Party wall Act 1996
Planning & Building Regulations
Planning & Building Regulations for England and Wales:
One of the many benefits of employing a builder on any home improvement project is that they can help with the hassle of any planning permission, building regulations approval and Party Wall agreements that your project may be subject to. However you should always bear in mind that as the
Homeowner you have overall responsibility to ensure that the project complies
with all relevant
rules and regulations. As well as your builder, your local council's planning office will be able to advise you on what permissions you require.
Changes to permitted development rights in 2008 mean that many home extensions will not require planning permission providing that they do not change the external appearance of the house and remain within the rules of permitted development.
Most homeowners are now able to build a loft conversion and a ground floor
rear extension without having to apply for planning permission. In simple terms a householder will be able to build a single
storey ground floor rear extension provided that:
- The extension does not extend beyond the rear wall of the original house by
than four metres in the case of a detached house or three metres in the case of any
- The height does not exceed four metres or three metres where it is within two metres of the boundary of the house. In addition a householder can also build a loft conversion provided
- The cubic content of 'the extended roof does not exceed 40 cubic metres in the case of a terraced house or 50 cubicmetres in any other case.
- Materials used are similar in appearance to the existing house.
These changes also benefit homeowners who have previously extended their home. Where a property has benefited from a single or two storey extension, the new permitted development allowances will allow a loft conversion to be installed without having to apply for planning permission.
Similarly, where a property has benefited from a loft conversion being
installed, most single-storey extensions, and in some cases a two-storey extension, can be constructed without the need for planning
permission. The changes will help homeowners to avoid the long delays, inconsistencies and frustrations commonly associated with the planning process.
lf you do need planning permission remember to allow at least two months for it to be granted.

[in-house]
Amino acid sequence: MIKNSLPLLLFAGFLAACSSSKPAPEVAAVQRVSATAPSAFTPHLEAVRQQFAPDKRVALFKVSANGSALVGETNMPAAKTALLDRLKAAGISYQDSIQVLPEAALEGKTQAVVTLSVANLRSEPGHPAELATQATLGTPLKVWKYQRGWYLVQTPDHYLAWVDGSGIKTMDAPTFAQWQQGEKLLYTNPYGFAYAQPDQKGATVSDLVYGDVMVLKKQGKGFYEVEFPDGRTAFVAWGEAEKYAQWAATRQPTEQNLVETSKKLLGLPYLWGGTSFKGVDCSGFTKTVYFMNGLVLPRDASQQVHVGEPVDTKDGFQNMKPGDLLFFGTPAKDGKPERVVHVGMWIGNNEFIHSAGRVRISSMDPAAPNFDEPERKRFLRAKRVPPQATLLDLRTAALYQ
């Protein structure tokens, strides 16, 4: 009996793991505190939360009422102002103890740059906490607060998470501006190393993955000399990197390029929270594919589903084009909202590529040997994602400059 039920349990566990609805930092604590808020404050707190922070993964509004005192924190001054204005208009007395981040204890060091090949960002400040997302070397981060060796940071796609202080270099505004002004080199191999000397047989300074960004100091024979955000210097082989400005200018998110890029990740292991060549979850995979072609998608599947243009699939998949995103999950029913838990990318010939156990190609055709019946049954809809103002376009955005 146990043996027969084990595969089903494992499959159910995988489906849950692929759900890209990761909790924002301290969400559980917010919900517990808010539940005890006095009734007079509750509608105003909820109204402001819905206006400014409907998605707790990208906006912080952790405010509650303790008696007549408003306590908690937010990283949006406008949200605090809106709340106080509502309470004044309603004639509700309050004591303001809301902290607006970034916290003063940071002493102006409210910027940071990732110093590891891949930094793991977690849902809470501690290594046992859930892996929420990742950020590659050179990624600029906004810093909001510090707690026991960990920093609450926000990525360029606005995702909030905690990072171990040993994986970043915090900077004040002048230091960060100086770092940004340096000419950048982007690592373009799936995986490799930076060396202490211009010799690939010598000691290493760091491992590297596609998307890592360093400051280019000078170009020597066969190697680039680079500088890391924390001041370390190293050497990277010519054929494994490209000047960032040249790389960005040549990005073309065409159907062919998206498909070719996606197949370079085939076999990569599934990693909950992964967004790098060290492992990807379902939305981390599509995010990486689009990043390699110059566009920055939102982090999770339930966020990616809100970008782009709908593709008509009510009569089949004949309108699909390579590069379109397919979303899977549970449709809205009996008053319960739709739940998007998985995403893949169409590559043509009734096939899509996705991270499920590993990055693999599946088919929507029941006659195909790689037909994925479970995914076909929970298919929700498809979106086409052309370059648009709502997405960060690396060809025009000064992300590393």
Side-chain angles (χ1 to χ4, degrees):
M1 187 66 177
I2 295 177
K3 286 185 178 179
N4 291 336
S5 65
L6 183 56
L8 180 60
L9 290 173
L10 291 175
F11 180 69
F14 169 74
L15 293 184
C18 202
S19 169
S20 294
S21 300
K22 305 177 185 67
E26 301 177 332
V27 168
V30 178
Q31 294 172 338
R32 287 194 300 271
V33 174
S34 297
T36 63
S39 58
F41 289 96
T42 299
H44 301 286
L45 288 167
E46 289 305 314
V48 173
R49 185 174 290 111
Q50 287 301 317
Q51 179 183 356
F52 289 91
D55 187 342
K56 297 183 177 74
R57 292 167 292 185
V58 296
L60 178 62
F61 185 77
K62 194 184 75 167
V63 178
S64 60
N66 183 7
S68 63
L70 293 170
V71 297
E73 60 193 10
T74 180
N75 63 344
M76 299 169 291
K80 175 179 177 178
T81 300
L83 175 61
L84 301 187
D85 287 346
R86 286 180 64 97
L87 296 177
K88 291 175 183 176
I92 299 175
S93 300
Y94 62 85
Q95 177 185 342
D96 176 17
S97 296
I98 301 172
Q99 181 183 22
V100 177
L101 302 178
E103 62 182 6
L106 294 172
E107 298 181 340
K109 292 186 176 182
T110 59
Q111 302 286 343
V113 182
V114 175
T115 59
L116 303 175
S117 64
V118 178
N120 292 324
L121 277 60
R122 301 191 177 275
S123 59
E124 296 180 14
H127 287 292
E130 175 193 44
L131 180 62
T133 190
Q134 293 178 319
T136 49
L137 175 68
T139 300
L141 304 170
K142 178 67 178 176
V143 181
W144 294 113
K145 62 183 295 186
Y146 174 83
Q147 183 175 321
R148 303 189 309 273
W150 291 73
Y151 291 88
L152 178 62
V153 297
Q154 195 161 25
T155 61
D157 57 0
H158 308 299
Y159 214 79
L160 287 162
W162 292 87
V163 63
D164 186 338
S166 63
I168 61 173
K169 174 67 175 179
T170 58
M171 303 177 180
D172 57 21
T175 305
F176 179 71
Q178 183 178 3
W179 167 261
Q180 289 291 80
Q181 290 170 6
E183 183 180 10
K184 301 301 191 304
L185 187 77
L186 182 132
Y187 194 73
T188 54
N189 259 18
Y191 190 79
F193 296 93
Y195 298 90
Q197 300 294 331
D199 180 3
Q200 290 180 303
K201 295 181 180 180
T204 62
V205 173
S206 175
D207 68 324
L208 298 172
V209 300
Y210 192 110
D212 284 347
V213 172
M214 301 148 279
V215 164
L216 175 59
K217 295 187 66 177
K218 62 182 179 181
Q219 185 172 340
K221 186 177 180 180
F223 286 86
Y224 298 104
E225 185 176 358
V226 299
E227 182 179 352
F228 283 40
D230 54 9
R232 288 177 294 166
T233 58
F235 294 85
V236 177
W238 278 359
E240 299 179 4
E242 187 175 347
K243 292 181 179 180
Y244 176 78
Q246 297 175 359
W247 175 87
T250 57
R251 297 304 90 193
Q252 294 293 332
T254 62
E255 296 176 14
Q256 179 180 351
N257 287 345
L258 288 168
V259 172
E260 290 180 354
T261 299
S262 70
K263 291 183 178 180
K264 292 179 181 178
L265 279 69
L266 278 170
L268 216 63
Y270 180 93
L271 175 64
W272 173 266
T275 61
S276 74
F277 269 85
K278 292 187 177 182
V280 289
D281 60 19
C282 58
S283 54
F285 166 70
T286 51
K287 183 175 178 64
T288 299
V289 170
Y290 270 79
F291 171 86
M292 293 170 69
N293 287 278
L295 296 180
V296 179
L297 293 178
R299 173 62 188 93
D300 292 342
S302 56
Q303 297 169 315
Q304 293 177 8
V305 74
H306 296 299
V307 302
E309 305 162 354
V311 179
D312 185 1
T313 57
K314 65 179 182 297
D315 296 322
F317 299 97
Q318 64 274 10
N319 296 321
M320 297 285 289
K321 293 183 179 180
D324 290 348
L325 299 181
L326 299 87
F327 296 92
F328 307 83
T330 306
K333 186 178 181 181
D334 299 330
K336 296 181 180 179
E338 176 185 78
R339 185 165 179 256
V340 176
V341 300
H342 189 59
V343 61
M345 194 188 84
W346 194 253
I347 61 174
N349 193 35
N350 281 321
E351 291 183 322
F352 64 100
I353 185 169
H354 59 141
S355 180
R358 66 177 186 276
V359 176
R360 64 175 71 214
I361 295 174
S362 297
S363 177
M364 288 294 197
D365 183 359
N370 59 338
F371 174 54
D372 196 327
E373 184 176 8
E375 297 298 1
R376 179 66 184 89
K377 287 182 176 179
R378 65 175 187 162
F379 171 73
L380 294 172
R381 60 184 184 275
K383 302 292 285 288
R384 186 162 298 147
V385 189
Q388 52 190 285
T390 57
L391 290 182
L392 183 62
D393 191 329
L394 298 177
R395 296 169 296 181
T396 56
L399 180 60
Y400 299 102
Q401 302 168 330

Whether or not planning permission is required, anyone wanting to carry out building
work is required by law to make sure it complies with the relevant Building Regulations.
These are designed to ensure that the finished building is safe, healthy and energy efficient. The general rule of thumb for building regulations is that if the project will affect the fabric, or structure, of the building then building regulations will apply. lt is worth checking with your local building control department before work begins, because if building regulations do apply to your project, you must
give details of the work to your local building control department at least two days before work starts on site.
It is vital to the smooth running of your project that you keep
yourneighbours onside. Discussing your plans with them will ease the way if you need a Party Wall
Agreement. Details of the proposed work
must be officially notified to the effected neighbour and no work may start until all neighbouring parties
have agreed in writing to the notice. lt is normal practice to record the state of neighbouring properties before work starts and again at the completion of the work. You are responsible for making good any damage.
In England and Wales work carried out on a part of your property which adjoins your neighbours must comply with the Party Wall Act 1996. The Party Wall Agreement covers work which might have an effect on the structural strength or support function of any wall on the boundary line, including garden walls.
If your property is listed or in a conservation area you will need to apply for
planning permission for certain types of work which do not otherwise need on
application. Check with your local planning office at the outset.
A listed building will also need Listed Building consent for any work, inside or
out, that affects its character or setting. Altering a listed building without consent is a criminal offence, so seek professional advice from on architect, surveyor or builder specializing in old buildings and consult your local planning or conservation officer before making any plans.
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